In light of this, some coping strategies may be helpful.
1. Embrace your feelings.
Loss leads to grief, which is a natural part of the grieving process. A person cannot grieve if they do not allow themselves the chance to do so. Let yourself grieve and let it run its course naturally. You will benefit from facing your grief if you do so.
2. Schedule time for self-reflection and introspection.
It's common to feel as though there is no meaning to your life after losing a loved one. Researchers have referred to this situation as a "crisis of meaning," and they've found that reconstructing meaning could be one solution.
You can accomplish this by making a helpful or important change in your life that feels like you're improving or growing, which can help your loss feel meaningful. Spending more time and energy with your loved ones, for instance, could be beneficial.
In addition to helping you identify and construct meaning in your life, journaling or writing about your lost loved one may also be beneficial to you.
3. Speak with family and friends.
Even if you pride yourself on being strong and self-sufficient, now is the time to rely on the people who care about you. Face-to-face time with friends and family is more effective than avoiding them, so spend time with them and accept their assistance rather than avoiding them.
If you need someone to listen, a shoulder to cry on, or even just someone to hang out with, let people know what you need. Even if you don't have anyone to regularly connect with in person, you can build new friendships at any time.
4. Practice self-kindness.
You will feel more like yourself as time goes on. Don't worry about not "doing better" or "keeping it together." You will feel like yourself more and more as time goes on.
5. Keep in touch (somehow) with those you have lost.
Following the death of a loved one, Freudian psychologists usually advised people to "let go" and "move on." This advice may be no longer relevant.
According to the growing literature on "continuing bonds," most survivors of bereavement maintain an enduring bond with the deceased in one way or another. Normally, we don't let go of everything, but we let go of certain things.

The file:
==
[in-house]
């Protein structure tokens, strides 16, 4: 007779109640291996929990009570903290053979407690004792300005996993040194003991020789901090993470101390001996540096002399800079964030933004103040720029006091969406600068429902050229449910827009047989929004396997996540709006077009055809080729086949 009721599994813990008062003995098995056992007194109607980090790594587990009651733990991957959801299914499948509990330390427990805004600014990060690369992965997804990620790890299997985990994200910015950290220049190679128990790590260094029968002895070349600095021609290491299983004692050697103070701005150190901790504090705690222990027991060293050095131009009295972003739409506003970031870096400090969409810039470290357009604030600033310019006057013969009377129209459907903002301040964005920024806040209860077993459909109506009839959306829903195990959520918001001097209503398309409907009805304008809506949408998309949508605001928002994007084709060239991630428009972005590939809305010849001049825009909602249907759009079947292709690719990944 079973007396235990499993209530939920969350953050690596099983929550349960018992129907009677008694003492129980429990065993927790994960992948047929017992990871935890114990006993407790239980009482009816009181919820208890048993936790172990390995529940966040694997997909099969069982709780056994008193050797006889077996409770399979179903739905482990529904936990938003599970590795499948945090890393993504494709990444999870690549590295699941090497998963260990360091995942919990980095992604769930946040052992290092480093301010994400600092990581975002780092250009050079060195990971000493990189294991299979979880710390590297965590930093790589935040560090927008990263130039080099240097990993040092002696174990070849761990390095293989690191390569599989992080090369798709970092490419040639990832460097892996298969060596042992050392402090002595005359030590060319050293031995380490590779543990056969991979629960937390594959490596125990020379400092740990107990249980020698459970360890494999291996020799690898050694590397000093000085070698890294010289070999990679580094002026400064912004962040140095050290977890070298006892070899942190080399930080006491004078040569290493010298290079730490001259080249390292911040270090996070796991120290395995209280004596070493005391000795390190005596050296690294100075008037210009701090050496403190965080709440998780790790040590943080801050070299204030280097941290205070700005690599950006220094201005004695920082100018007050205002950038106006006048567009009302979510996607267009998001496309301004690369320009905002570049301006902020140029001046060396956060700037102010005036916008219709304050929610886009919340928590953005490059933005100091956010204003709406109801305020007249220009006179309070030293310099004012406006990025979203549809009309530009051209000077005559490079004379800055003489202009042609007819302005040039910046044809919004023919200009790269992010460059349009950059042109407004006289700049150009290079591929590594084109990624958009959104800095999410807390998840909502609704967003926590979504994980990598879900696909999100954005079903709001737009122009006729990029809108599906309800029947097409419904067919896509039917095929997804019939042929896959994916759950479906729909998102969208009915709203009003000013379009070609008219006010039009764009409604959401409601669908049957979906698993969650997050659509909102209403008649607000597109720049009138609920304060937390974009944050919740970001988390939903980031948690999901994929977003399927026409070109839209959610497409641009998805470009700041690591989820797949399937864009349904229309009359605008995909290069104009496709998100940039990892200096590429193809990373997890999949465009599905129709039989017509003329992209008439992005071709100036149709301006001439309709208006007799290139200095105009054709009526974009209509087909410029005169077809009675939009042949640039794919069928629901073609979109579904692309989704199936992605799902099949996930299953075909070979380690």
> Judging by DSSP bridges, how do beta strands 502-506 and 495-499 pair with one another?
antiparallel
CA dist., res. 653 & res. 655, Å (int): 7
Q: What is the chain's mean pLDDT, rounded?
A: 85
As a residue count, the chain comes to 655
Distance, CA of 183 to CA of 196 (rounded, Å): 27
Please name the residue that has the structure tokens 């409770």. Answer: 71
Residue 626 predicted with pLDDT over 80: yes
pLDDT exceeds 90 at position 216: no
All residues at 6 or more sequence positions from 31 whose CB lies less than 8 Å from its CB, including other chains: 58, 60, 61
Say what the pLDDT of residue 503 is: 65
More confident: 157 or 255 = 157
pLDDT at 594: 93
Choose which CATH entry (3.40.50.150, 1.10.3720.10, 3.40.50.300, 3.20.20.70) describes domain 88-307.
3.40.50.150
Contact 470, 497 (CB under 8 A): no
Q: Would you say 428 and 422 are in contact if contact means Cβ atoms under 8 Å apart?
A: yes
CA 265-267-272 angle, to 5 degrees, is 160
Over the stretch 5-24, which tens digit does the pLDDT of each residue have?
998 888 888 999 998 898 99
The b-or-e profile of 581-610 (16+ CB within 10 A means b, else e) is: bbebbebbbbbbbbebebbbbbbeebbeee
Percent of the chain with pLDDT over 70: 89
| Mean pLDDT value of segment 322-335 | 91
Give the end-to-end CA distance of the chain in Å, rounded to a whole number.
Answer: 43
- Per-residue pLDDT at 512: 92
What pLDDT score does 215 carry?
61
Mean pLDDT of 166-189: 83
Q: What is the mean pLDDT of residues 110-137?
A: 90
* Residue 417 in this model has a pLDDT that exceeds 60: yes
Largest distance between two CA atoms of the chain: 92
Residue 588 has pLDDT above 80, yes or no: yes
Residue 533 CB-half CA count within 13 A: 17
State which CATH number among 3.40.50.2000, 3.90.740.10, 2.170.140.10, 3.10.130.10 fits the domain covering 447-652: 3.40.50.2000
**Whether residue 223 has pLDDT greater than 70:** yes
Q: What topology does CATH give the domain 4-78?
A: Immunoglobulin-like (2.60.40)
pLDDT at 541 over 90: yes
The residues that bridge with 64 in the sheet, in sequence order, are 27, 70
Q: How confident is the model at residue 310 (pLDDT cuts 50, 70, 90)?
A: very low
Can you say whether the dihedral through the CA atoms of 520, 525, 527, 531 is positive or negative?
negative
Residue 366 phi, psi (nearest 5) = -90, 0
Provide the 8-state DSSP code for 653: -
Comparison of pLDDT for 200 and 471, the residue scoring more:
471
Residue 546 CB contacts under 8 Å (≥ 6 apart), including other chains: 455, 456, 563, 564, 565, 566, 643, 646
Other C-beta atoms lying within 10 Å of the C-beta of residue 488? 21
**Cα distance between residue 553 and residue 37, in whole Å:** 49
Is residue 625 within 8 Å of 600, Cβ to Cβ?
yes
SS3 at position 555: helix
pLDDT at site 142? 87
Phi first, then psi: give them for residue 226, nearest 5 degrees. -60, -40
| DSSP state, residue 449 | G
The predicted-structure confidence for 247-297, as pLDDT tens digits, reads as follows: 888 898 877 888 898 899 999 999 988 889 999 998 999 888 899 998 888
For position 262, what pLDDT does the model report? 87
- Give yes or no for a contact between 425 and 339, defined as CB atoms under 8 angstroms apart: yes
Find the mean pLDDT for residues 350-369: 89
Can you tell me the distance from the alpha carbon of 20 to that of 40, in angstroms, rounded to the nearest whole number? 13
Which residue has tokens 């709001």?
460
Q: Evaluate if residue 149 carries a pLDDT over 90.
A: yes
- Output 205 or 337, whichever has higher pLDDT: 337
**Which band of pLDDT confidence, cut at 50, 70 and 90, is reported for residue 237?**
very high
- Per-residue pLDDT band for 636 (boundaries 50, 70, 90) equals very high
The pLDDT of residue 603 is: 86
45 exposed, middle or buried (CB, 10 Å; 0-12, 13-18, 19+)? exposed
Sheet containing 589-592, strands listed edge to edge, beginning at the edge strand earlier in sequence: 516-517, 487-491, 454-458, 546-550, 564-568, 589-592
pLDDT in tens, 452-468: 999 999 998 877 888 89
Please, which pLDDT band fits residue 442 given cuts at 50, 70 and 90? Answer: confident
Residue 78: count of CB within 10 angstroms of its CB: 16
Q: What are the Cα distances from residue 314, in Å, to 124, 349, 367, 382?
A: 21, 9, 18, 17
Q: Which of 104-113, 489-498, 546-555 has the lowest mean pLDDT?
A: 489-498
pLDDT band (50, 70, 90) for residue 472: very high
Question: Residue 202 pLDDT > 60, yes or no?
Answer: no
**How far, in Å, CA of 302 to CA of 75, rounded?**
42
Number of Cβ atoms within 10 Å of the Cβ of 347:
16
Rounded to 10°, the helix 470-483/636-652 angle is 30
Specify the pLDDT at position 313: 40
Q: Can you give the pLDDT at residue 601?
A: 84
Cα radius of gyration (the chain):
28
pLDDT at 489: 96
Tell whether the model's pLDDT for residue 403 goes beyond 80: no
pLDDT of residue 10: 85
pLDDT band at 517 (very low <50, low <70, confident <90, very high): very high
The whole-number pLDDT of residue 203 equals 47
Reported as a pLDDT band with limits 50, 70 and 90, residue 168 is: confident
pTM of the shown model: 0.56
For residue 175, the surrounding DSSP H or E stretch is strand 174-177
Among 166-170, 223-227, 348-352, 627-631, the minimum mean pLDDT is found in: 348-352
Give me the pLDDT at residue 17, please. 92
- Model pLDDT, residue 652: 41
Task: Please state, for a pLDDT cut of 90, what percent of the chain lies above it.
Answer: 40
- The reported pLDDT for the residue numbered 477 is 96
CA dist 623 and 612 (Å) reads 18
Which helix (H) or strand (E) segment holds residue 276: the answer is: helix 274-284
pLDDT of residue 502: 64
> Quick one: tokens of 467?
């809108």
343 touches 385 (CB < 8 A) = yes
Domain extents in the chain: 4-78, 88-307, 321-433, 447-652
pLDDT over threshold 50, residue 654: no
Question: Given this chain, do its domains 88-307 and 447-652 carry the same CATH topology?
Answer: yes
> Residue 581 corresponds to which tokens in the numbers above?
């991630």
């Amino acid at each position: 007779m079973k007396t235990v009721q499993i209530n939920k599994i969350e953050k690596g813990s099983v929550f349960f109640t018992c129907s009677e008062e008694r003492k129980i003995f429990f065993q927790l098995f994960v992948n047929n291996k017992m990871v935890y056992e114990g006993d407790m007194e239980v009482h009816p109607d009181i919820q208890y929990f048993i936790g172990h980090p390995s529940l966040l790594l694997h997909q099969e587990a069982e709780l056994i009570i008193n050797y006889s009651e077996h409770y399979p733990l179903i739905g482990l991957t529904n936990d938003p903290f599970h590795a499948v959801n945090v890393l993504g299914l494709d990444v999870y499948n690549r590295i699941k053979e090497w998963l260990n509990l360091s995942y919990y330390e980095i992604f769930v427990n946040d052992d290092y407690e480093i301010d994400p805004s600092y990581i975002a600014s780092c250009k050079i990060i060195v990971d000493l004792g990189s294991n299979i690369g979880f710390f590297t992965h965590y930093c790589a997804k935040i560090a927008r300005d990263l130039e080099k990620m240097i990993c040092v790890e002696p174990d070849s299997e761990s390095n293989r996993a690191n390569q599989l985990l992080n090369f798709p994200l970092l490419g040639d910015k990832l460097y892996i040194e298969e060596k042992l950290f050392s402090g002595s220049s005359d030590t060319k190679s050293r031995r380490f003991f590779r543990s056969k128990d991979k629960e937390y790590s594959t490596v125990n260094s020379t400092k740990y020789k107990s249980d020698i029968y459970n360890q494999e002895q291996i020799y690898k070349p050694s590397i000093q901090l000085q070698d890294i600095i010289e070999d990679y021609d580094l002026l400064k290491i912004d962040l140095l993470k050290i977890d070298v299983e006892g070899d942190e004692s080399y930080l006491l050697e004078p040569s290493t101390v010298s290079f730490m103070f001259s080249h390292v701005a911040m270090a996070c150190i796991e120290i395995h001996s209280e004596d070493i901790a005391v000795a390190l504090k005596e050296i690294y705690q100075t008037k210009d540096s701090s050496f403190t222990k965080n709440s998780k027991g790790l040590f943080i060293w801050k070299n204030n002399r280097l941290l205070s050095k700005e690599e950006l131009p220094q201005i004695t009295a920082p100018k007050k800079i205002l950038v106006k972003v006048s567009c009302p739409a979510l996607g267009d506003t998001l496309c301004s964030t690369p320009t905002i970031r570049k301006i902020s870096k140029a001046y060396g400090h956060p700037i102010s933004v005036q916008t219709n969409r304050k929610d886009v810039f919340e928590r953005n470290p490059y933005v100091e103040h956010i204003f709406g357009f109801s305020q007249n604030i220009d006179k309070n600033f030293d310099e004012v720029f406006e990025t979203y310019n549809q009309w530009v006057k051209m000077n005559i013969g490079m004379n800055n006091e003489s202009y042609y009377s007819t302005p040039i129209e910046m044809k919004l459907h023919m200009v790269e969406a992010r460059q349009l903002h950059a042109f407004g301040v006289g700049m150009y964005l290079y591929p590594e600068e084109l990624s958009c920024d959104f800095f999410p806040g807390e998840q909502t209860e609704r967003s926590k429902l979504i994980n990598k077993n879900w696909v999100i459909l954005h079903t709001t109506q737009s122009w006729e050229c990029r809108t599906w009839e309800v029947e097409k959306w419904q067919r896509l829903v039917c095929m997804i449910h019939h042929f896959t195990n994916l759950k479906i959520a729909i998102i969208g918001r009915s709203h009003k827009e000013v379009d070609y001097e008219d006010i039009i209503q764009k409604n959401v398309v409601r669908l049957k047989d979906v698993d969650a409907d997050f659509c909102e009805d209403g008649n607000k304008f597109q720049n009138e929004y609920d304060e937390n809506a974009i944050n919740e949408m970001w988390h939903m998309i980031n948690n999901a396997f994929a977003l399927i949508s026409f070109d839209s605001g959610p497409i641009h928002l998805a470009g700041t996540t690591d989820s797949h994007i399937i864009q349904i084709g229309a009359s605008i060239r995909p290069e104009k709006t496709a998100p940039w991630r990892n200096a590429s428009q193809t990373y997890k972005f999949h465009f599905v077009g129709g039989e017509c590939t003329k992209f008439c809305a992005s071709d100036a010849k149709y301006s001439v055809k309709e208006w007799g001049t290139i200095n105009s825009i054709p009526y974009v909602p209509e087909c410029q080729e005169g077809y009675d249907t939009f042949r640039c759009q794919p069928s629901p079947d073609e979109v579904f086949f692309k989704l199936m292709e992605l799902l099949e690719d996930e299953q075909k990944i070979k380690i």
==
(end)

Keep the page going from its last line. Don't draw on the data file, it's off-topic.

In other words, holding on can be healthy and helpful sometimes.
People who grieve maintain bonds with their lost relatives in four ways. Among them:
Having a feeling that your lost loved one is near you. Despite some finding it strange, this appears to be both a common and helpful experience.
In your head or out loud, you can speak to the dead.
Invoking the deceased's moral guidance. For instance, a particular situation or dilemma may inspire you to imagine how your loved one would have handled it.
Learn more about the deceased by speaking with friends and family members who knew them.
These ways of staying connected are different from refusing to accept your loved one's passing. An attempt to deny the loss may be a sign of disordered grief.
6. Join a support group.
Even with loved ones around, grief can feel lonely. You can get support from others who have suffered similar losses. You can find a bereavement support group near you by contacting your local hospital, hospice, or funeral home.
7. Follow a schedule.
Even if you're staying home, dress and groom. Make sure you eat small, frequent meals. And, as much as possible, maintain your regular schedule, like work or exercise.
8 Be supportive.
You may not feel the same pain as someone else. While your loved ones grieve, it's important to support them. Give them your time and attention.
When you have children, you must listen and be supportive. Answer their questions directly as they arise, and let them work through the process. By not answering questions or answering them in a roundabout way, children may make up stories and even blame themselves for the deaths.
9. Seek therapy or grief counseling.
Consult a mental health professional with experience in grief counseling if you feel overwhelmed by grief. Grieving can be difficult unless you have an experienced therapist by your side.
10. Expect recurring grief.
Even years after a loss, holidays and birthdays can trigger grief. Be prepared to handle grief when these triggers appear.